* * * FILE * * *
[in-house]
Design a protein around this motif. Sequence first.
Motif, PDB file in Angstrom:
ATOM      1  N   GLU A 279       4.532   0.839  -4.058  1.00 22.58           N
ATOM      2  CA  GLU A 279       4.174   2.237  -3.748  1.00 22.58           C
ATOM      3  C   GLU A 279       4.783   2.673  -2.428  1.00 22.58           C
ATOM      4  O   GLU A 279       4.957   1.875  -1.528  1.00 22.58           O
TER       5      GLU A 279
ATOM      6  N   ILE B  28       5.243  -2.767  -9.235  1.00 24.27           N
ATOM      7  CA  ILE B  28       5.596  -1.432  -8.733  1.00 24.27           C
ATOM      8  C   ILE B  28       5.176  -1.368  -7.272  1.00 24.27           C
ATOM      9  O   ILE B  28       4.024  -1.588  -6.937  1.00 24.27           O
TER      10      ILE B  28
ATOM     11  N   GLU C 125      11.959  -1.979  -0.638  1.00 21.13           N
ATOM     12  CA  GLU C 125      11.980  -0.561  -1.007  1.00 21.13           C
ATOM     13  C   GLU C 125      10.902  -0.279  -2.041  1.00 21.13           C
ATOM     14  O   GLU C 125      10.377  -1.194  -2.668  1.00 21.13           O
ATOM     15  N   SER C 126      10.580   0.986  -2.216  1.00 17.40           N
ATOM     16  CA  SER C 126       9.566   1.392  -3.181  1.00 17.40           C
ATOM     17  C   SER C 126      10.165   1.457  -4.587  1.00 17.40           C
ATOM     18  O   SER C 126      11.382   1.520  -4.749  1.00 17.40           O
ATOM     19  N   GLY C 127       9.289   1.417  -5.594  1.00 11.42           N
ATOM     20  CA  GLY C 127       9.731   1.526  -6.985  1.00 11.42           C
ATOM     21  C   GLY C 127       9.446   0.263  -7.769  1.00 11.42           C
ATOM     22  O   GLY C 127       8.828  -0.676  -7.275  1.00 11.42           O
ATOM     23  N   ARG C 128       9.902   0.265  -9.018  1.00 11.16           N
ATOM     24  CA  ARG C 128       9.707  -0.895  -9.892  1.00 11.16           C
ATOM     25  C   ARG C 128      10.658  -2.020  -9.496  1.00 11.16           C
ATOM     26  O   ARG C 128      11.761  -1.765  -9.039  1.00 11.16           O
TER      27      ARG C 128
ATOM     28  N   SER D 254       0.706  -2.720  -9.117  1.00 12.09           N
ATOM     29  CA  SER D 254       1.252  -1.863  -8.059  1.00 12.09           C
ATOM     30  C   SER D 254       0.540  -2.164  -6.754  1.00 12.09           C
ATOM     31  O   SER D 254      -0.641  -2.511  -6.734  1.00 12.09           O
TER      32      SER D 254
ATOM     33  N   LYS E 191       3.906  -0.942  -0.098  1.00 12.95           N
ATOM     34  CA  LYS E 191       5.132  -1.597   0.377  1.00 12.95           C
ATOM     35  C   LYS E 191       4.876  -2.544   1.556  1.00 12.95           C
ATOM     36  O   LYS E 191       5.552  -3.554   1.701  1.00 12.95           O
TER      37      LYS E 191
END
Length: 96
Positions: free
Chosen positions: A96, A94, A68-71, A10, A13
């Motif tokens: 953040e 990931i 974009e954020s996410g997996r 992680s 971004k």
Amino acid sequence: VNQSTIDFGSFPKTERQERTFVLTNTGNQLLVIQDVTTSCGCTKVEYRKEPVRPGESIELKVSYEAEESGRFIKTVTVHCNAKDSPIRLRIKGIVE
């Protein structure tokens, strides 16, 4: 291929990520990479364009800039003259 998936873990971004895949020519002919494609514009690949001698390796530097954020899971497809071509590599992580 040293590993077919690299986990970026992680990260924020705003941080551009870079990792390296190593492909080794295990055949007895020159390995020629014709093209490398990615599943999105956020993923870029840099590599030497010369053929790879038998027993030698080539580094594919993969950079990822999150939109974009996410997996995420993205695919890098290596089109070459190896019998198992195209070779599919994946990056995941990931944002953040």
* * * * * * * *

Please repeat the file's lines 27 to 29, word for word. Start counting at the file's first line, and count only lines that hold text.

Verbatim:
ATOM     24  CA  ARG C 128       9.707  -0.895  -9.892  1.00 11.16           C
ATOM     25  C   ARG C 128      10.658  -2.020  -9.496  1.00 11.16           C
ATOM     26  O   ARG C 128      11.761  -1.765  -9.039  1.00 11.16           O